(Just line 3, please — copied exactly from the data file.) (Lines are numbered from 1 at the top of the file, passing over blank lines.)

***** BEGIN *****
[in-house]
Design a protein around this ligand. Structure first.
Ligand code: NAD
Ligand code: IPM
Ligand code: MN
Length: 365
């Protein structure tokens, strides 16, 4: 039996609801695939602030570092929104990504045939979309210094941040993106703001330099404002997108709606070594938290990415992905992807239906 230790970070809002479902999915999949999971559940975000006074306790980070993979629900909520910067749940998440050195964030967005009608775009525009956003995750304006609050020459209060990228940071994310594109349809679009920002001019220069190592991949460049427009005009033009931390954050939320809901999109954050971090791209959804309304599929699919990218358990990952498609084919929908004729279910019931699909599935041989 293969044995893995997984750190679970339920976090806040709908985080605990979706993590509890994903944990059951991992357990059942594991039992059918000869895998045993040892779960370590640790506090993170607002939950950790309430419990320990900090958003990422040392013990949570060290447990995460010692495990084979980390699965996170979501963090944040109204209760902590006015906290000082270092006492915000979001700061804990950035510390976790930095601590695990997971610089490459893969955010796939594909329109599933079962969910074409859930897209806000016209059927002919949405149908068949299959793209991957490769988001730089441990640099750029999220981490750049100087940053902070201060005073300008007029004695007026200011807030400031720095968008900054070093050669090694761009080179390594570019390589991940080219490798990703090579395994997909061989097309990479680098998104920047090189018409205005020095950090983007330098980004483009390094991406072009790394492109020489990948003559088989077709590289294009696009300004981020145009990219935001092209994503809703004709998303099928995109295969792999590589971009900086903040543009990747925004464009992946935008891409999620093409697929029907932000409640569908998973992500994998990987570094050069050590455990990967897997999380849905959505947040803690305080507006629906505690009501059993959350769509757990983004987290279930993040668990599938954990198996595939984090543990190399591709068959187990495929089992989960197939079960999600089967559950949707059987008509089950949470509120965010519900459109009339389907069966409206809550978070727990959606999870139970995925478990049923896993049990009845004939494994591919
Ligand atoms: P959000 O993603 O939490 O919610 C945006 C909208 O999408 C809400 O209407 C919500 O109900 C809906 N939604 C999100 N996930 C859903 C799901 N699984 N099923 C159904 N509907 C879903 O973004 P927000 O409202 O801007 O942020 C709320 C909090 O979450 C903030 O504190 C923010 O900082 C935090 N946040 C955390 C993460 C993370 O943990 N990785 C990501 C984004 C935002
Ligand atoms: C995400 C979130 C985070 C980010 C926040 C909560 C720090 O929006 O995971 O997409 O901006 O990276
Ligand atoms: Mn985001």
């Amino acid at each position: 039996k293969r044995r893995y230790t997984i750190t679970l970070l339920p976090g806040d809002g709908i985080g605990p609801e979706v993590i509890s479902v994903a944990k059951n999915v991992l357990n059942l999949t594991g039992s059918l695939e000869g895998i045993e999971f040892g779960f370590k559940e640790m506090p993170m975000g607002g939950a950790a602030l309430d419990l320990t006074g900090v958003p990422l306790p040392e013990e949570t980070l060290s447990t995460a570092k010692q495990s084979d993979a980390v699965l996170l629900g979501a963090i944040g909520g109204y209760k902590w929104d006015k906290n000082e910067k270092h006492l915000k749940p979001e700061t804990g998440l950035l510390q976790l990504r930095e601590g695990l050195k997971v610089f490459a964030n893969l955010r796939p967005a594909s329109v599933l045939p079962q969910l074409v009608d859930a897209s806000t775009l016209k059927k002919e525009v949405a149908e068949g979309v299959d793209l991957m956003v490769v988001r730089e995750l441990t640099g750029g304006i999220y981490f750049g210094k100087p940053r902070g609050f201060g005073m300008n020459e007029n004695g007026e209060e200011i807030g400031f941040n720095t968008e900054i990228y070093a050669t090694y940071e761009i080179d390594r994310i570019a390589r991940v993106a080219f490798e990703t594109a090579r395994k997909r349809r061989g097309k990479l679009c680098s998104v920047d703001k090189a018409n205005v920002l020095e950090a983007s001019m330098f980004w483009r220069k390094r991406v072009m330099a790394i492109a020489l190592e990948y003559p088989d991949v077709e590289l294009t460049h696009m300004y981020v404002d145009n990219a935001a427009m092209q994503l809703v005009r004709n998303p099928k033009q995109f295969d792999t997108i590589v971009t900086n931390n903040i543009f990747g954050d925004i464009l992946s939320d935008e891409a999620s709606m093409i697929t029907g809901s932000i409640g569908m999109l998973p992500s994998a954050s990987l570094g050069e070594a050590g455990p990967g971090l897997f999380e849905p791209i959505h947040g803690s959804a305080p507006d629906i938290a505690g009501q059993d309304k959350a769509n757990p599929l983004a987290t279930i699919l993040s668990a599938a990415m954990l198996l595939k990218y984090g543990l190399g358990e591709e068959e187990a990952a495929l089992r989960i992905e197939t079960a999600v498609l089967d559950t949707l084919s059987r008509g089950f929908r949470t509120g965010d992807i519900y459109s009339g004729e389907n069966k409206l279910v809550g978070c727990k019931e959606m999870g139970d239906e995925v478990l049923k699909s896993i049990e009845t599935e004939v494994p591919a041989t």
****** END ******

Ligand code: NAD